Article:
Ebaumsworld, Break.com, Then YouTube, Now What?
The online video industry has evolved from small online video companies to giant entities over the last 6 years. This growth is reflective of technological advances and the power of broadband technology. The first online video was produced in 2004 and the ability of broadband speeds to allow playing flawless flash animations engendered the online video industry. In 2005 several online video companies were started and to date the industry is thriving.
One of the most popular online video companies is Ebaumsworld. Ebaumsworld is a site where videos, flash cartoons and video games can be accessed. The site gained its popularity because it allowed users to access videos, flash animations and other media collected from all over the internet. Ebaumsworld remained at the top of the industry until new players like YouTube gained ground. Today Ebaumsworld receives about a million hits per day compared to YouTube’s one billion. The loss of Ebaumsworld market leadership is attributed to several unethical practices, involving sourcing of their content. While YouTube had a clear strategic direction and internal stability, Ebaumsworld has suffered legal battles and internal instability which negatively affected its public image. Such weaknesses came at a time when a more creative and fairly ethical YouTube was rising.
While Ebaumsworld provided content to its users, YouTube took a different approach. The inventors of YouTube ensured that the users of their site would upload, share and view videos. This was unheard of with Ebaumsworld. The approach is customer-focused, allowing anyone to upload a video and has attracted millions of users. You will find video clips from BBC, CBS and other large media companies on YouTube. Potentially offensive content is only available to registered users above 18. Currently YouTube controls about 43% of the US video market and has over 35 hours of new videos being uploaded per minute. YouTube is likely to remain the largest online video company for the time being. But to keep this spot, the company must continue to be innovative. It must also find ways of avoiding uploading copyrighted and defamatory material. It is possible that the rise of Salar Kamangar this year as the new CEO will create space for innovative ways to address some of these issues.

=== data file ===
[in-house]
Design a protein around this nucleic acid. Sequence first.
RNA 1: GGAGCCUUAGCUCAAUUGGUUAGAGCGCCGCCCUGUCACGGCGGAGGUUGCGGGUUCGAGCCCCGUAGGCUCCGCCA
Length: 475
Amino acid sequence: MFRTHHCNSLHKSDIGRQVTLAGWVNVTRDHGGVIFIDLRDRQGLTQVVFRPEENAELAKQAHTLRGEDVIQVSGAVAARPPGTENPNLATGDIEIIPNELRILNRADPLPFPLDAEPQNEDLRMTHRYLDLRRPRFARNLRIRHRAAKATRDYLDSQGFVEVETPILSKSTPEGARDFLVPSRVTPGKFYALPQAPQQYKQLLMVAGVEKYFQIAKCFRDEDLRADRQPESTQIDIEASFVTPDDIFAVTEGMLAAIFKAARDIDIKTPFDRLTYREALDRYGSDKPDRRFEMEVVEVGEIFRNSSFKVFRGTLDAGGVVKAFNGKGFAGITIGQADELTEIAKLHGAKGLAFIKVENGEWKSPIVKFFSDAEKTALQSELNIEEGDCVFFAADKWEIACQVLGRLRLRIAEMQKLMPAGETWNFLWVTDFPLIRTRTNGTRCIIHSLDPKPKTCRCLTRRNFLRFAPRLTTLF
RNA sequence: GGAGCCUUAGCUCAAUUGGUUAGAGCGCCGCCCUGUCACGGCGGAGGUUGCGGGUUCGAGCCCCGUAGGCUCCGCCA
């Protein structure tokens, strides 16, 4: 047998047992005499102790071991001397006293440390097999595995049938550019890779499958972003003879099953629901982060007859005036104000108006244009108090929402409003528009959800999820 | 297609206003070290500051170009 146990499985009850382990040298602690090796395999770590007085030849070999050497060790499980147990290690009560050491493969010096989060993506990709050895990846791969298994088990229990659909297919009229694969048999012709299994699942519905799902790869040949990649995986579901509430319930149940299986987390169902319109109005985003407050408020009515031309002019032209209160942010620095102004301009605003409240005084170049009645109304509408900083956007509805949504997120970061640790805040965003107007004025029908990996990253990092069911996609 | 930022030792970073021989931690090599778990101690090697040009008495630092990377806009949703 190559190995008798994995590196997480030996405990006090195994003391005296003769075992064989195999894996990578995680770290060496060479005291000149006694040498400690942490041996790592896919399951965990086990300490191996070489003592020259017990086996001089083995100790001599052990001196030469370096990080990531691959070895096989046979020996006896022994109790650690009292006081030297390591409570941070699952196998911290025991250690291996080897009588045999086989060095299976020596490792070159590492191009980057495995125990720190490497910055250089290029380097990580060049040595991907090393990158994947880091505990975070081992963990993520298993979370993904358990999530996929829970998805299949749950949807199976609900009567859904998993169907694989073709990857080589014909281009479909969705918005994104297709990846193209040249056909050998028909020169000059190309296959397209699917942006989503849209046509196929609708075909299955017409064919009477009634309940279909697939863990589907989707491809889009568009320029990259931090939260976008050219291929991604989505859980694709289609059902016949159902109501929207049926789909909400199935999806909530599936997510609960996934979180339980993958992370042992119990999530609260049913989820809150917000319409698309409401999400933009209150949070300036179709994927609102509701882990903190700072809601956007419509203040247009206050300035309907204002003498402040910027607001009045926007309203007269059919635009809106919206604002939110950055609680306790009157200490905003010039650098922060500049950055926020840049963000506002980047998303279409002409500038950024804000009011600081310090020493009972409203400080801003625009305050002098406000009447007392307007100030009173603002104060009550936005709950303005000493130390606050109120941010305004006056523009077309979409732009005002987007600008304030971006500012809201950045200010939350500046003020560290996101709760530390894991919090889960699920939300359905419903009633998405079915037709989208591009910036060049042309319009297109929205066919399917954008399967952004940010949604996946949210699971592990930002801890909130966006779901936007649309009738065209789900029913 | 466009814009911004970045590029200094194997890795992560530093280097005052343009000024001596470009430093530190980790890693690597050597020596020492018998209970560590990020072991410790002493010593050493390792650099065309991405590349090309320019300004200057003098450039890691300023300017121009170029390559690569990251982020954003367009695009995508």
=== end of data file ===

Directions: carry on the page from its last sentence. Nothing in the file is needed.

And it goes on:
Generally it is expected that the industry will continue to grow, especially as broadband technology becomes more available and affordable. For any online video company to come up and face the likes of YouTube, its proprietors will have to be more creative and innovative. They will have to offer diverse information, entertainment and education in more innovative and ethical ways. They have to generate a deeper industry foresight, distinguish themselves from the rest and position to compete for opportunities. Greater online video opportunities lie ahead as the world becomes a digital village, with today’s digital natives becoming tomorrow’s investors and inventors. Expect more innovations from these digital natives over this decade. Already new online video companies are around the corner.
New companies have come on the scene of the online video business at a time when copyright and ethical issues continue to haunt the market leaders. The company comes as an aggregator of all Web 2.0 video sites to make them available to users at the lowest cost. Xyz.tv joins the industry with a unique approach that will allow its users to access virtually all videos on the net. Yes, all videos from all around the net! Xyz.tv is likely to be the next rival of YouTube over the next ten years. Let’s watch the space and see what happens next.